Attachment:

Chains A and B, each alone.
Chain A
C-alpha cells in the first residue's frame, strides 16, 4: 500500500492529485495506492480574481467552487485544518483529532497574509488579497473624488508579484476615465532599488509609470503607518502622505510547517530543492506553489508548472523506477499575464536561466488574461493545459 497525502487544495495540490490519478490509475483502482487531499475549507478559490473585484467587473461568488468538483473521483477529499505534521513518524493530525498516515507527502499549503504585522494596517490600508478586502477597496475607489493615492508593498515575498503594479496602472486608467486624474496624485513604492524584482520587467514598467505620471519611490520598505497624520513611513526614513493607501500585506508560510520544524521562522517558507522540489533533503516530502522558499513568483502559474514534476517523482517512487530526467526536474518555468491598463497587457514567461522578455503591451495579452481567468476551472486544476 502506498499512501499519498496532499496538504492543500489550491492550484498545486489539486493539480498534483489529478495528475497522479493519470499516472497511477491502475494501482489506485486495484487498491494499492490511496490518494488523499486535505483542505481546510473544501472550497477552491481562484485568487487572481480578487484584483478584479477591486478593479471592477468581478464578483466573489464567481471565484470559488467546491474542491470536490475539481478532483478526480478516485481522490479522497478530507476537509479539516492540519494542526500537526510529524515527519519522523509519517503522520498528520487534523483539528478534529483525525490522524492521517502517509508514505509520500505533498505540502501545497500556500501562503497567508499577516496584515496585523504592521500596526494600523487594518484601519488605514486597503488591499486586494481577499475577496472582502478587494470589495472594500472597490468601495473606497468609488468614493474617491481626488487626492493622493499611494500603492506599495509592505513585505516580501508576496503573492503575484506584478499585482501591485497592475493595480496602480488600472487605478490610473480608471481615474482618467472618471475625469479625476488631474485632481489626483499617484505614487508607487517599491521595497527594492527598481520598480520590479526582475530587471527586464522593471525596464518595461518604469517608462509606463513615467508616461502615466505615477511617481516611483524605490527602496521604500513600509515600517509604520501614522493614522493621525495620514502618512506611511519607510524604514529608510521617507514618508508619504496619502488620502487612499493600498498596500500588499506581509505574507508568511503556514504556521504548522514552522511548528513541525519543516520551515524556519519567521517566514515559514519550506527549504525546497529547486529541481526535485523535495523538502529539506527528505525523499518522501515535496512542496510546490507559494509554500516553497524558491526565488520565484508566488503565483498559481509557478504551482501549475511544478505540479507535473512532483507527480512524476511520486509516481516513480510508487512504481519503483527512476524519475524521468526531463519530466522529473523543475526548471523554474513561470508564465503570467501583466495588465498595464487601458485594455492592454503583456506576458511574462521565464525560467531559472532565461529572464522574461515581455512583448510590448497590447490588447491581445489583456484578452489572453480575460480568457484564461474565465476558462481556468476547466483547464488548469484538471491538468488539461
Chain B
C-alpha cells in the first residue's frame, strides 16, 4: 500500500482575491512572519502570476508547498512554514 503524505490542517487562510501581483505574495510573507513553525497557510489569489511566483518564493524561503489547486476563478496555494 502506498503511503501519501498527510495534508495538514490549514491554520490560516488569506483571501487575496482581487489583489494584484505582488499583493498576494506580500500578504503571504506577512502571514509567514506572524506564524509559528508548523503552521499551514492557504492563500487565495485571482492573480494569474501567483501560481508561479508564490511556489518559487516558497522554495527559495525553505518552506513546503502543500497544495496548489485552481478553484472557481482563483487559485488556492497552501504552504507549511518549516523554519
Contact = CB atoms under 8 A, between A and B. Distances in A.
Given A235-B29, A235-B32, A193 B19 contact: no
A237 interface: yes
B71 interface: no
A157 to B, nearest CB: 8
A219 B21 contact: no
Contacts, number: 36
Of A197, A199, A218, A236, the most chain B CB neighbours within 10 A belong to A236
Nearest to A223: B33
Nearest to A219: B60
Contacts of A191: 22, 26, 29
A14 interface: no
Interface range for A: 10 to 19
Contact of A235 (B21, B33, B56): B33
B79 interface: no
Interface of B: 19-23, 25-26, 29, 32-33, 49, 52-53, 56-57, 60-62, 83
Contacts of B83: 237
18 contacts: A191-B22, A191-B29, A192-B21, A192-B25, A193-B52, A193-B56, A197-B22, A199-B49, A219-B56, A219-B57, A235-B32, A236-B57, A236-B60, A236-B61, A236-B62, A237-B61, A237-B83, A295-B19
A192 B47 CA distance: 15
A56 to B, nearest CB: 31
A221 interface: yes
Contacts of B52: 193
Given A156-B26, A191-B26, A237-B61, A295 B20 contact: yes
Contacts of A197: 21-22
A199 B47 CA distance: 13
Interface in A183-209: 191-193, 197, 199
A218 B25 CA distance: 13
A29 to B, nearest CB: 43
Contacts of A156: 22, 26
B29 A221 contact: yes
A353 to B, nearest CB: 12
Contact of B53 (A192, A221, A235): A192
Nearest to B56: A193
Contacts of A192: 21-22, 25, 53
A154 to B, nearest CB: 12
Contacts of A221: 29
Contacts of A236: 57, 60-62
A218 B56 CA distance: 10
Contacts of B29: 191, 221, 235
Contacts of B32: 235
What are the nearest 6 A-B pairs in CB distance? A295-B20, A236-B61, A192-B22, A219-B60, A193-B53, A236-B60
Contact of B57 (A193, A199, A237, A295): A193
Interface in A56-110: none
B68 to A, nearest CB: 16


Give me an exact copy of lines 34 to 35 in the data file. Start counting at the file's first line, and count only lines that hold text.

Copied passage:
Contacts of A156: 22, 26
B29 A221 contact: yes